Dean Jackson, who's responsible for applications at the W3C: “The good news is that it seems we have many of the big players ready to go in this area. Joel may get some of his wishes sooner than he thinks (let's hope!)”

Rhys Jeremiah: “I'll outline the features that I would like to add.”

Jeremy Hartley: “I have spent the past two years web-enabling my company's HRM System. My intentions have always been to make the web version of the application as similar to the Win32 version as possible—no compromise allowed. To do this I have had to use every trick in the book as well as making up quite a few myself. The process took me two years. I think I could have done it in six months if I had had the following...”

Yoz Grahame: “The current Javascript security philosophy can be easily summarised thus: ‘No.’”

Jeremy Smith: “I want a way to access a browser's right-click menu.”

Mike Marshall doesn't agree. “Here is the real solution. Microsoft is coming out with ClickOnce in VS 2005 ('Whidbey'). What's that, too platform independent? Java will come with something similar, in fact Java Web Start apps are pretty much already there. You will have your pick at this time next year, believe me.”

News 23 Jun

SysAdmin Week

New server at Peer 1 NetworksThis week is sysadmin week, in which I catch up on a few months of accumulated system administration headaches.

On Monday I went down to Peer 1 Networks' colocation facility in New York, where the main Joel on Software server lives. Peer 1 provides free bandwidth and a wee shelf (shown at right) for Joel on Software, for which I am extremely grateful. Michael and I installed the original server there about a year and a half ago, and it's been running fine ever since, down only because of Windows Updates. (Don't get me started.) Sometimes the server didn't come back up properly after one of the reboots required for patching Windows, so we installed a remote controlled power strip, which has a web interface allowing us to power cycle the server. There's supposed to be such a thing built into the server itself, something Dell makes called RAC, but it crashes more often than the server, requiring a full power cycle to get it back to life, which defeats the purpose...

Anyway the reason I went down on Monday was to slide in another 1U Dell server into the rack which will serve as a "hot backup" in case the main server dies. I'm going to set up some simple replication from the main server to the hot backup so we should be able to switch back and forth between the main server and the backup server without more than a few seconds of downtime. The replication will use robocopy for files and log shipping for SQL databases like the database behind the discussion group.

Peer 1, by the way, is doing incredibly well. When I installed the server there last winter they only had two rows of racks, mostly empty. On Monday when I went down there the whole data center was crammed with racks and they were turning away new customers until they could arrange for a bigger data center. Joe Cooper, the NY manager, told me they had gone from 20% to 90% capacity in their colo facility and were trying to reserve the remaining 10% for existing customers. A nice problem to have. I couldn't be happier with their hosting services and they're the nicest people, so even though I'm completely tainted since they host my site for free, I most heartily recommend them if you're looking for colocation (or wicker furniture, har dee har har).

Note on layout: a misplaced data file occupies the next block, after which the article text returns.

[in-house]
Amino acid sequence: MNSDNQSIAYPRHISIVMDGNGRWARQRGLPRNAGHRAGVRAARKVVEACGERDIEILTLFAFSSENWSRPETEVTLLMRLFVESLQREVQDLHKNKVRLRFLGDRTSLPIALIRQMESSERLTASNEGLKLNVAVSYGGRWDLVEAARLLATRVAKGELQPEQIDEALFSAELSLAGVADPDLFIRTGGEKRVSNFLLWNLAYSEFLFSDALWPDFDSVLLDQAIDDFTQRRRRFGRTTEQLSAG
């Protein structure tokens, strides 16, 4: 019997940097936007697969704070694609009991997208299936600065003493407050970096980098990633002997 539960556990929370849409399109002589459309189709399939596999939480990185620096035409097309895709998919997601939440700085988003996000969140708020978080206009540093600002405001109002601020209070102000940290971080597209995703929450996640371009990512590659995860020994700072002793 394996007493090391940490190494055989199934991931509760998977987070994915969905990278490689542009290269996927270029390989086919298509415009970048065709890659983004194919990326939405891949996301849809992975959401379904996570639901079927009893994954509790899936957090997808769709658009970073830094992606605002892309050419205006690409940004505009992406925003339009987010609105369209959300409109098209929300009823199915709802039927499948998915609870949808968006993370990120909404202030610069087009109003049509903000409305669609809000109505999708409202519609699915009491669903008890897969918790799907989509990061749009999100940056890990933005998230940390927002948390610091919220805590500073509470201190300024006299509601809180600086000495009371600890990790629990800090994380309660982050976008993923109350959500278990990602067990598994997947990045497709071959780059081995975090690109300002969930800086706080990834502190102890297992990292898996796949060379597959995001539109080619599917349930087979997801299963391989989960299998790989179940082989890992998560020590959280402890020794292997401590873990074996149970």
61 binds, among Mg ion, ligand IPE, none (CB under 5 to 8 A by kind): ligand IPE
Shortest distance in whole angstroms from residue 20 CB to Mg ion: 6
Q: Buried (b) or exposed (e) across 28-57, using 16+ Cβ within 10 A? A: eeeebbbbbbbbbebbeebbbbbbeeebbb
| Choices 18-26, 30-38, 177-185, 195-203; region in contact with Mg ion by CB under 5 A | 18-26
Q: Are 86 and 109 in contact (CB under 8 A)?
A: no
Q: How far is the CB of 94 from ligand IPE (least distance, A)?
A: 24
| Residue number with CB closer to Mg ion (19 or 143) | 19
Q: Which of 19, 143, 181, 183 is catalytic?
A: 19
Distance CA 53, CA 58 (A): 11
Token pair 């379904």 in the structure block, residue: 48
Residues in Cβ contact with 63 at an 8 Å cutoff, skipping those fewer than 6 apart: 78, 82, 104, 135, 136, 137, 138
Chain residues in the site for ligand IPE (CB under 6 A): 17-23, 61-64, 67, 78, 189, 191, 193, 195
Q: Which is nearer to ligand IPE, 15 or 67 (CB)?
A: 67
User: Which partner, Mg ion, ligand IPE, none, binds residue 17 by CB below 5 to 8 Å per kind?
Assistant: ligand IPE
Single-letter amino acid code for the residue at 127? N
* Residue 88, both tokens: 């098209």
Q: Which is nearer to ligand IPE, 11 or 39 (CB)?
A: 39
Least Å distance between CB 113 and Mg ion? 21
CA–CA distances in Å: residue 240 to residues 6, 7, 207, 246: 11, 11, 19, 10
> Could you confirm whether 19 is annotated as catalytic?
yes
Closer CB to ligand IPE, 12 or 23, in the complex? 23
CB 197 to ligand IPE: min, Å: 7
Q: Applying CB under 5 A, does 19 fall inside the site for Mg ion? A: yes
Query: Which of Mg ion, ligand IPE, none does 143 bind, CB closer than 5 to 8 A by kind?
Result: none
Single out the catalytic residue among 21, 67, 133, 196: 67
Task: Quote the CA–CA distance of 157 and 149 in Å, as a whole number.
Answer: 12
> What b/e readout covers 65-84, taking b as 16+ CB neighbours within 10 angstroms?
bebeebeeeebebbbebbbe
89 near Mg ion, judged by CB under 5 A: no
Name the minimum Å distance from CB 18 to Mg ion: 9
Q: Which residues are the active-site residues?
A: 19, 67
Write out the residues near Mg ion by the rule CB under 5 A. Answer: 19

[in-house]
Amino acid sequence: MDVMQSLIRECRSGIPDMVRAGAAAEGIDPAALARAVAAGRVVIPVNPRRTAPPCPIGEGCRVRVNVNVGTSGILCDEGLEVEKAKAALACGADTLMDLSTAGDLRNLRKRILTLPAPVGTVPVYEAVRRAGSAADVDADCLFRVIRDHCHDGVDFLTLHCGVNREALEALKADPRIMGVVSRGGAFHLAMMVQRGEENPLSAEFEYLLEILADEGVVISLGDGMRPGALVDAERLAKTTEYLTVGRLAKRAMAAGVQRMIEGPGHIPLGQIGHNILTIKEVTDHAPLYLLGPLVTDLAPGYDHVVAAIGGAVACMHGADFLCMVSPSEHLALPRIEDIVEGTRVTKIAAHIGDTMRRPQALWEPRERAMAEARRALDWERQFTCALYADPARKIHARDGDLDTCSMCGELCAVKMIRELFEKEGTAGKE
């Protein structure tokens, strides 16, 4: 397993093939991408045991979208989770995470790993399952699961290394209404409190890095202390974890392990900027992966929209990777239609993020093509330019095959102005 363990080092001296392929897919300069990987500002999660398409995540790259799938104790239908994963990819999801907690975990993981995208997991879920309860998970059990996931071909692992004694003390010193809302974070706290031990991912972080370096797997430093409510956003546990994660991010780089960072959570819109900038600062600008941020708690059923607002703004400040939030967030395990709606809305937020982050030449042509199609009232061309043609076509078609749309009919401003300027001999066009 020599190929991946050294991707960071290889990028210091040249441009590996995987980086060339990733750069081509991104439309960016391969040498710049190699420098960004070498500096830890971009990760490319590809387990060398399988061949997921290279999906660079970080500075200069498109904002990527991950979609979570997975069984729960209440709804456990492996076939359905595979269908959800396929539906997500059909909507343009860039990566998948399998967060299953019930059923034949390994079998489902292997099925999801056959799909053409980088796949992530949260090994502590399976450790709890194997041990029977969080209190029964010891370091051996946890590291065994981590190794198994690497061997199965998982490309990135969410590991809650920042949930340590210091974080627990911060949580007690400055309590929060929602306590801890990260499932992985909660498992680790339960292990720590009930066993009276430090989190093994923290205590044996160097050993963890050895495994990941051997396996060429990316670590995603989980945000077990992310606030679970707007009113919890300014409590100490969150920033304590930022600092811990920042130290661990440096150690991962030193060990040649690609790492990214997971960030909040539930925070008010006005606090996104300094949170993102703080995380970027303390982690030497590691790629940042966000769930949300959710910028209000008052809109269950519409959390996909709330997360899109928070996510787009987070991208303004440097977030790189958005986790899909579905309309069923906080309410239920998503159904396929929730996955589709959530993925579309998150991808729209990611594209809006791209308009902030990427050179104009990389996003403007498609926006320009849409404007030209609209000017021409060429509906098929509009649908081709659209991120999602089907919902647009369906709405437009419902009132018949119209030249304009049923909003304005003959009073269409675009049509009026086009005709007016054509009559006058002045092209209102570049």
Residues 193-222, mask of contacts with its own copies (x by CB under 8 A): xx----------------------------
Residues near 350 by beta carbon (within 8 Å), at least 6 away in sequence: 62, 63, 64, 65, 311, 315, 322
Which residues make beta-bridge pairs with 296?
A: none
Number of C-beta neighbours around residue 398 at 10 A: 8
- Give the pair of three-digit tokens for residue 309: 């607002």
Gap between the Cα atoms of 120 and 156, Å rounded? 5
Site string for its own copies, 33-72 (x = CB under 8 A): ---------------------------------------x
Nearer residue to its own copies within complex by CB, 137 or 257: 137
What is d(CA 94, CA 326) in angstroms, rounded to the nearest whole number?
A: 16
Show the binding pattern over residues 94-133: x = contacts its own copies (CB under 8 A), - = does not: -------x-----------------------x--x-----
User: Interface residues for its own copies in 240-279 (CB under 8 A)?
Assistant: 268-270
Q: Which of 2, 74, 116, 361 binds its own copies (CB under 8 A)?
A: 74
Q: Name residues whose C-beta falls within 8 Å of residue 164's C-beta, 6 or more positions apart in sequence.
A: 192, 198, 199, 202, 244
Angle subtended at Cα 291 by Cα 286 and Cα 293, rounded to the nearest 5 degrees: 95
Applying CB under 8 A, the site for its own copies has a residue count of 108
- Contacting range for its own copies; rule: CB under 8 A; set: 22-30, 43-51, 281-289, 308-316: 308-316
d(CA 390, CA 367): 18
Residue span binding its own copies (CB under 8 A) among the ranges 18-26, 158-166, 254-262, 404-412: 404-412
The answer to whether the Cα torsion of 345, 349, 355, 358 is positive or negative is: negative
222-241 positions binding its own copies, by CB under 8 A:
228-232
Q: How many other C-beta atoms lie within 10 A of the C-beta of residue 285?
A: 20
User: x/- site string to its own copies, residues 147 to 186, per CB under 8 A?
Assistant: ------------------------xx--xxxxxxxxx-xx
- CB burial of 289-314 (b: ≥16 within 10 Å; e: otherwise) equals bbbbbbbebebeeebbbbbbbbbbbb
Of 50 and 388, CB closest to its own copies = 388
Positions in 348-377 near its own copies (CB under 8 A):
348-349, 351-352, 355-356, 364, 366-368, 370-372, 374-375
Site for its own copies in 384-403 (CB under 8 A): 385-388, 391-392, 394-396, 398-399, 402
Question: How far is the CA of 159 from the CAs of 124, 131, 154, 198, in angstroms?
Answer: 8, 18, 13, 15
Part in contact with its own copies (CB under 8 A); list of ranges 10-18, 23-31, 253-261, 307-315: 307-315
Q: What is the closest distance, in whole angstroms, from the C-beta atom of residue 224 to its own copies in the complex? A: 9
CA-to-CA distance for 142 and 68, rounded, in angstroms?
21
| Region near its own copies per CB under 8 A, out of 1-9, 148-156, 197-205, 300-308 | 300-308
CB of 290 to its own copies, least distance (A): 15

News 25 Jun

Brendan Eich recently wrote: “The best way to help the Web is to incrementally improve the existing web standards, with compatibility shims provided for IE, so that web content authors can actually deploy new formats interoperably.”

Dave Shea nicely summarizes the conversation about web applications. “The recession is over, the slump is ended. Web development is in demand, and the demand is only going to increase.”

Patrick Breitenbach pointed me to General Interface, a company that has built a commercial windowing/UI system on top of DHTML allowing almost-rich-client-apps inside the browser. They lean a bit too heavily on IE-only features for now and the overall look is more like a rich client app than a web app (very much like Oddpost), but hey, it's one way to do it.

Ben Nolan has a dusty library called phplive. “It's event driven programming for the web - but the whole page isn't refreshed - whenever you click a button, focus an element, or fire any event that has a handler on the server - an RPC call is dispatched to the server...”

Ian Hickson of Opera: “Our own position was that any successful framework would have to be backwards compatible with the existing Web content, and would have to be largely implementable in Windows IE6 without using binary plug-ins (for example using scripted HTCs). We were the only ones to even remotely suggest that the solution should be based on HTML.”

Espen Antonsen shares his wishlist: “As a web developer I find many tasks more time consuming and difficult to accomplish when building a web application - we develop a web-based ERP system.”

SysAdmin Week

I just wanted to announce that SysAdmin Week will hence be known as "SysAdmin Fortnight."